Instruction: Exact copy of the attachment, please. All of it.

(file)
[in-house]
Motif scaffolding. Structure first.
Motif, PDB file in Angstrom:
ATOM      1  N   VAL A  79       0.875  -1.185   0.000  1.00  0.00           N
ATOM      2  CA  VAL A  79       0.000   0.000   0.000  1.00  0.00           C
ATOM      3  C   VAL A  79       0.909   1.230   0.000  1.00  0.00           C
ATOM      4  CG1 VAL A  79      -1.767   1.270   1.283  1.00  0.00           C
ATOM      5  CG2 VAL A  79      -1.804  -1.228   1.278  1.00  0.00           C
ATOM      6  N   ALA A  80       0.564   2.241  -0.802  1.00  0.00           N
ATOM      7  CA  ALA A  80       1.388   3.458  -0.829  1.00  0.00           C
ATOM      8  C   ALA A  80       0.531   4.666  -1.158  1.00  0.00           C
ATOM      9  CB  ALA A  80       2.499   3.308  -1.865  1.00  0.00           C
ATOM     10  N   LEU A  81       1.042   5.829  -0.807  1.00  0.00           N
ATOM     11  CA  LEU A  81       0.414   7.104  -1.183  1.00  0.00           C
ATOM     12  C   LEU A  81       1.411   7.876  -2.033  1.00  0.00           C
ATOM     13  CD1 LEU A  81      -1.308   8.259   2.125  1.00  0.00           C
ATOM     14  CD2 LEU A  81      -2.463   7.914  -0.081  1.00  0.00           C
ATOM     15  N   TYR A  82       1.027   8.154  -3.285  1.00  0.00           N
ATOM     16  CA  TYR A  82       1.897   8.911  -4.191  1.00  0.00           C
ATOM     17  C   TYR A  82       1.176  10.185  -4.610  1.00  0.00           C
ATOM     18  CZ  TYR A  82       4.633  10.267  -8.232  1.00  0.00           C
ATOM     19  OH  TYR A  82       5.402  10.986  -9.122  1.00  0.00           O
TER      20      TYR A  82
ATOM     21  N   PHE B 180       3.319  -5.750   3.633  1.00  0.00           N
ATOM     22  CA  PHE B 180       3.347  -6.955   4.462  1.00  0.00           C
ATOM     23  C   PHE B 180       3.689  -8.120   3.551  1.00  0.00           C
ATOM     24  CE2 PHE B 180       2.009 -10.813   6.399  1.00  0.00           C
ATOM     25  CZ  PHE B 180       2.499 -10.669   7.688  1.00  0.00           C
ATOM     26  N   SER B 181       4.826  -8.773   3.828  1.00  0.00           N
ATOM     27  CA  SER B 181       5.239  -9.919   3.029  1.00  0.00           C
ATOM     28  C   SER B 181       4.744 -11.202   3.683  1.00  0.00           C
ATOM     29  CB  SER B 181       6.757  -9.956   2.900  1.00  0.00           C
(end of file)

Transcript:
[in-house]
Motif scaffolding. Structure first.
Motif, PDB file in Angstrom:
ATOM      1  N   VAL A  79       0.875  -1.185   0.000  1.00  0.00           N
ATOM      2  CA  VAL A  79       0.000   0.000   0.000  1.00  0.00           C
ATOM      3  C   VAL A  79       0.909   1.230   0.000  1.00  0.00           C
ATOM      4  CG1 VAL A  79      -1.767   1.270   1.283  1.00  0.00           C
ATOM      5  CG2 VAL A  79      -1.804  -1.228   1.278  1.00  0.00           C
ATOM      6  N   ALA A  80       0.564   2.241  -0.802  1.00  0.00           N
ATOM      7  CA  ALA A  80       1.388   3.458  -0.829  1.00  0.00           C
ATOM      8  C   ALA A  80       0.531   4.666  -1.158  1.00  0.00           C
ATOM      9  CB  ALA A  80       2.499   3.308  -1.865  1.00  0.00           C
ATOM     10  N   LEU A  81       1.042   5.829  -0.807  1.00  0.00           N
ATOM     11  CA  LEU A  81       0.414   7.104  -1.183  1.00  0.00           C
ATOM     12  C   LEU A  81       1.411   7.876  -2.033  1.00  0.00           C
ATOM     13  CD1 LEU A  81      -1.308   8.259   2.125  1.00  0.00           C
ATOM     14  CD2 LEU A  81      -2.463   7.914  -0.081  1.00  0.00           C
ATOM     15  N   TYR A  82       1.027   8.154  -3.285  1.00  0.00           N
ATOM     16  CA  TYR A  82       1.897   8.911  -4.191  1.00  0.00           C
ATOM     17  C   TYR A  82       1.176  10.185  -4.610  1.00  0.00           C
ATOM     18  CZ  TYR A  82       4.633  10.267  -8.232  1.00  0.00           C
ATOM     19  OH  TYR A  82       5.402  10.986  -9.122  1.00  0.00           O
TER      20      TYR A  82
ATOM     21  N   PHE B 180       3.319  -5.750   3.633  1.00  0.00           N
ATOM     22  CA  PHE B 180       3.347  -6.955   4.462  1.00  0.00           C
ATOM     23  C   PHE B 180       3.689  -8.120   3.551  1.00  0.00           C
ATOM     24  CE2 PHE B 180       2.009 -10.813   6.399  1.00  0.00           C
ATOM     25  CZ  PHE B 180       2.499 -10.669   7.688  1.00  0.00           C
ATOM     26  N   SER B 181       4.826  -8.773   3.828  1.00  0.00           N
ATOM     27  CA  SER B 181       5.239  -9.919   3.029  1.00  0.00           C
ATOM     28  C   SER B 181       4.744 -11.202   3.683  1.00  0.00           C
ATOM     29  CB  SER B 181       6.757  -9.956   2.900  1.00  0.00           C